The Health Consequences of Early School Start Times
Seventy-five percent of American adolescents are sleep-deprived. And the need to get to school early in the morning perpetuates the problem. Which is why Dr. Rafael Pelayo, a clinical professor of psychiatry and behavioral sciences at the Stanford Center for Sleep Sciences and Medicine, advocates for schools to start later. Pelayo most recently supported Senate Bill 328, California legislation that called for middle schools and high schools to start no earlier than 8:30 a.m.—which Governor Jerry Brown recently vetoed.
The legislation was more than a bill, says Pelayo: It was a critical health measure that could have really impacted adolescents’ lives.
A Q&A with Rafael Pelayo, MD
Adolescents need the opportunity to reap the benefit of sleep. We’ve known for a very long time—for decades—that teenagers are not getting enough sleep. Teenagers fall asleep in class a lot more often than, say, elementary kids. If a first- or second-grader falls asleep in class, the parents will likely be notified. But if a teenager falls asleep in class, it’s a normal occurrence. In fact, about 25 percent of the time, teenagers fall asleep in class at least once a week because they are sleep-deprived.
Lack of sleep has been associated with all kinds of mental health issues in adolescents, like depression and suicidal thinking, as well as physical problems and school performance. When you don’t get enough sleep, you become inattentive. So there’s a whole host of potential physical, mental, and academic problems. SB328 was backed by the American Academy of Pediatrics, the American Academy of Sleep Medicine, the Sleep Research Society, the California Sleep Society, and other health organizations.
In the mid 1990s, a Minnesota school principal named Kyla Wahlstrom pushed to have her school start later. I remember learning about this and thinking there was no way it was going to work. I thought the kids would just stay up later. Turns out when they pushed the start time back by almost an hour, the kids did stay up a little bit longer, but they got, on average, forty more minutes of sleep—and that was each school night. The superintendent of the school started noticing that the kids were in better moods, had improvements in academic performance, and had decreased instances of tardiness. They also noticed that graduation rates improved.
In the years following, other high schools and districts around the country started doing the same thing, and they kept getting the same results. Then officials in Virginia started measuring the number of car accidents. It turned out that when they made the school start time later, there were fewer teenage car accidents. Mental health improved. Standardized scores started to get better. The data accumulated to such a degree from all these different school districts. Finally, in 2014, the American Academy of Pediatrics put out a position statement stating that all junior high schools and high schools in the United States should start school no earlier than 8:30 in the morning. This was amazing.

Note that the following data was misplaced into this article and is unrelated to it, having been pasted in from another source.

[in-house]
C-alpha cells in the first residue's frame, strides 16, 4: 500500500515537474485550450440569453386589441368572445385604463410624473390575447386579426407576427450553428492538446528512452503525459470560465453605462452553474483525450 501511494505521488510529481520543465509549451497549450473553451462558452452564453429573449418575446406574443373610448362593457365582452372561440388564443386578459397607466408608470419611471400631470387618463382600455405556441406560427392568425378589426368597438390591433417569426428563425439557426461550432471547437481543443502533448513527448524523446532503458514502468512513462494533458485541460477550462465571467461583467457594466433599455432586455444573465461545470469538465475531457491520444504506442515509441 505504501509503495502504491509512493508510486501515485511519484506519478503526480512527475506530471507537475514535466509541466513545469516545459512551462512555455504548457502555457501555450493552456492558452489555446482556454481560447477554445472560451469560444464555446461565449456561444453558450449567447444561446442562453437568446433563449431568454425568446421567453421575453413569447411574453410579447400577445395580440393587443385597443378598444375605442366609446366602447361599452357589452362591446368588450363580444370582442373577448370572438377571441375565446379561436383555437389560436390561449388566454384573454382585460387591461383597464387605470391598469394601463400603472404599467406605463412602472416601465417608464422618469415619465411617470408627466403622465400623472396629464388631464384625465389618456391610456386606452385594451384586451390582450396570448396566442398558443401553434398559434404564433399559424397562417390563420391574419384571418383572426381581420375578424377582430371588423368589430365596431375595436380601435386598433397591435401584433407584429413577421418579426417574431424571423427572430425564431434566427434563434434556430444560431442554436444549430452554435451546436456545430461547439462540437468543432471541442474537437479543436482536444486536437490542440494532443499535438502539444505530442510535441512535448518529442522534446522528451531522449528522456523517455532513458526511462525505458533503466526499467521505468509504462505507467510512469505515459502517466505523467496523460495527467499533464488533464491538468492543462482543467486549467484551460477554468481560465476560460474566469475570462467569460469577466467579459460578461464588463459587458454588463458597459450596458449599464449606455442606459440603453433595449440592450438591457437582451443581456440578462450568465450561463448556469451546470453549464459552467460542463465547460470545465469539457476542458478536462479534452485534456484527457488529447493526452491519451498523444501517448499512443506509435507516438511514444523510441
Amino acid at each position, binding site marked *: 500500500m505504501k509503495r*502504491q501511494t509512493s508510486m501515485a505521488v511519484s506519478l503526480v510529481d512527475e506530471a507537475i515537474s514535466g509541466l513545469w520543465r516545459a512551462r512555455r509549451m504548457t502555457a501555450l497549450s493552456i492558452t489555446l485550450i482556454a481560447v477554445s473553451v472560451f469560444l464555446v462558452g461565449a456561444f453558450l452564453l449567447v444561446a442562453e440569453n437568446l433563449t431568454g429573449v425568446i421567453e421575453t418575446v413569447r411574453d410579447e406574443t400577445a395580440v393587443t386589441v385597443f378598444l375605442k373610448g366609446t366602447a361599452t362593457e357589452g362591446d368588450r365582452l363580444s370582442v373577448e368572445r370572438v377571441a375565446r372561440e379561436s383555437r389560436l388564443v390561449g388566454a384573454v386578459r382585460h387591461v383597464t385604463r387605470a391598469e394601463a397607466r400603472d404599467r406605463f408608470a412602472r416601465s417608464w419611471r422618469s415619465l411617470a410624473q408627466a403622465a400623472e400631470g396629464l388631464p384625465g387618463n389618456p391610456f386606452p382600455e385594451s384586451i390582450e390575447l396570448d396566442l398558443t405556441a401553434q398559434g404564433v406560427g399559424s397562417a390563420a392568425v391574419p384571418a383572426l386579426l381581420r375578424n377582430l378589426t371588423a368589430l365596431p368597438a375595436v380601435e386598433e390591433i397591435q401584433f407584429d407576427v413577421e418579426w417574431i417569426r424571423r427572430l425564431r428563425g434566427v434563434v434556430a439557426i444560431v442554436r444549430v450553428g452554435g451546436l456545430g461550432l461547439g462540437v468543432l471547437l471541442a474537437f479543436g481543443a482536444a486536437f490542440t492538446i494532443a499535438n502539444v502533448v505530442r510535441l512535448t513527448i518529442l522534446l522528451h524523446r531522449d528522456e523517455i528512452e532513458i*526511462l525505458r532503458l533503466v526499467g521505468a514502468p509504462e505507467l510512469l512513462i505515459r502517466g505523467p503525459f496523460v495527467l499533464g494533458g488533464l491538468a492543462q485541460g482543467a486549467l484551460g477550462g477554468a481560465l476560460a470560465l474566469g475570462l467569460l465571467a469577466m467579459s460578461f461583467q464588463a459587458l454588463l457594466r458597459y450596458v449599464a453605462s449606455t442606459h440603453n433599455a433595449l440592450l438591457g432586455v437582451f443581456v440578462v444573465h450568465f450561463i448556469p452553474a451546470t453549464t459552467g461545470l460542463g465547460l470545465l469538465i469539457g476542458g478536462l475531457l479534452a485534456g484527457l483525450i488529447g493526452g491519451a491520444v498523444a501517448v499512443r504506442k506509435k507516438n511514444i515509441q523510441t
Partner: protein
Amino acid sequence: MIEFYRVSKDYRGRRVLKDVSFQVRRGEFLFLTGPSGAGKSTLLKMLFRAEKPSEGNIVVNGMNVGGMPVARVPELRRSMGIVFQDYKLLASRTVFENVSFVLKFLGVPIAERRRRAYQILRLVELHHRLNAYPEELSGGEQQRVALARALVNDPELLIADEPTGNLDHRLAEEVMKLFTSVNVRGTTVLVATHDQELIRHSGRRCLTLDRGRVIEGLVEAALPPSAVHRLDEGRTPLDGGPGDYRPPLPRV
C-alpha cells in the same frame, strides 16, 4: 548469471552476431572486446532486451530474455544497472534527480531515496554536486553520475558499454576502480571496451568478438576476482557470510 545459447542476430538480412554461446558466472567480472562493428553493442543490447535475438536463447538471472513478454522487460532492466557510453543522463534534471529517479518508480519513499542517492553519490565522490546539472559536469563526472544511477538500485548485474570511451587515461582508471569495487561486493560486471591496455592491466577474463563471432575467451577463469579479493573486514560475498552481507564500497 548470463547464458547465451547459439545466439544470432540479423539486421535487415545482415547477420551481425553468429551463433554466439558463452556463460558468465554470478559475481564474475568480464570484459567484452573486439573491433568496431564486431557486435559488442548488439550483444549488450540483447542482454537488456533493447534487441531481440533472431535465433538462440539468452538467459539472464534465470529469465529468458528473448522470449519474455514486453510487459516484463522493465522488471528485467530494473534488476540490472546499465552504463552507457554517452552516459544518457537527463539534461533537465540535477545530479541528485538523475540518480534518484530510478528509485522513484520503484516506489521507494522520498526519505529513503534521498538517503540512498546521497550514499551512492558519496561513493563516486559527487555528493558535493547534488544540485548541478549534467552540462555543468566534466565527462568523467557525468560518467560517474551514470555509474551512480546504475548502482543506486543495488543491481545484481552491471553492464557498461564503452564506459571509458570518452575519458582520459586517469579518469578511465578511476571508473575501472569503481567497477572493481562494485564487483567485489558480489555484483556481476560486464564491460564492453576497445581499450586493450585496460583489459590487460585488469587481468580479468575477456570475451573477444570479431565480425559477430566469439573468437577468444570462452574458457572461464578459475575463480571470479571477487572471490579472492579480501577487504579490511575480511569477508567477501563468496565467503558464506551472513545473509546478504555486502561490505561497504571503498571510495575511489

The common counterargument is that of a local control issue. The schools don’t want to be told what to do, or people don’t want their schedules mandated or changed. But instituting school start times that are too early for students caused this sleep-deprivation issue. The data supports the need.
As for the counterargument that kids and teens should have an earlier bedtime, this is not biologically normal. When we go through puberty, we have a biological shift in the way we sleep. Young people have a natural tendency to stay up later. This has nothing to do with cell phones or tablets in their rooms. Of course, technology can be an issue, but it’s a biological fact that teenagers tend to go to bed later. But early school start times make this difficult.
It is also cost-effective. In 2017, the RAND Corporation, a nonprofit, nonpartisan think tank, did an analysis and found that delaying school start times was a cost-effective population-level strategy that would reduce the number of car accidents and increase academic performance, therefore having a significant impact on public health and the US economy. The RAND Corporation estimated it would gain the nation $8.3 million in two years, $83 million in ten years, and $140 million in fifteen years. So we have the science, and we have the data.
SB 328 will be reintroduced next year—and there are other states with similar bills being considered. In the meantime, we will continue to advocate for individual school districts to change school start times. In fact, San Diego recently voted in favor of doing it. We will also keep informing elected officials and the general community of the data demonstrating the health benefits of later school start times for adolescents.
Ultimately, education must defeat cynicism. We need parents and students to continue to learn about—and advocate for—young people’s sleep health. This information should be taught in the health and science classes at all school levels. Schools should not be able to force unhealthy practices on our children.
Rafael Pelayo, MD, is a clinical professor of psychiatry and behavioral sciences at the Stanford Center for Sleep Sciences and Medicine. Pelayo focuses on the treatment of sleep disorders in patients of all ages. He has served as chair of the Sleep Disorders Research Advisory Board of the National Center for Sleep Disorders Research at the National Heart Lung Blood Institute at the NIH.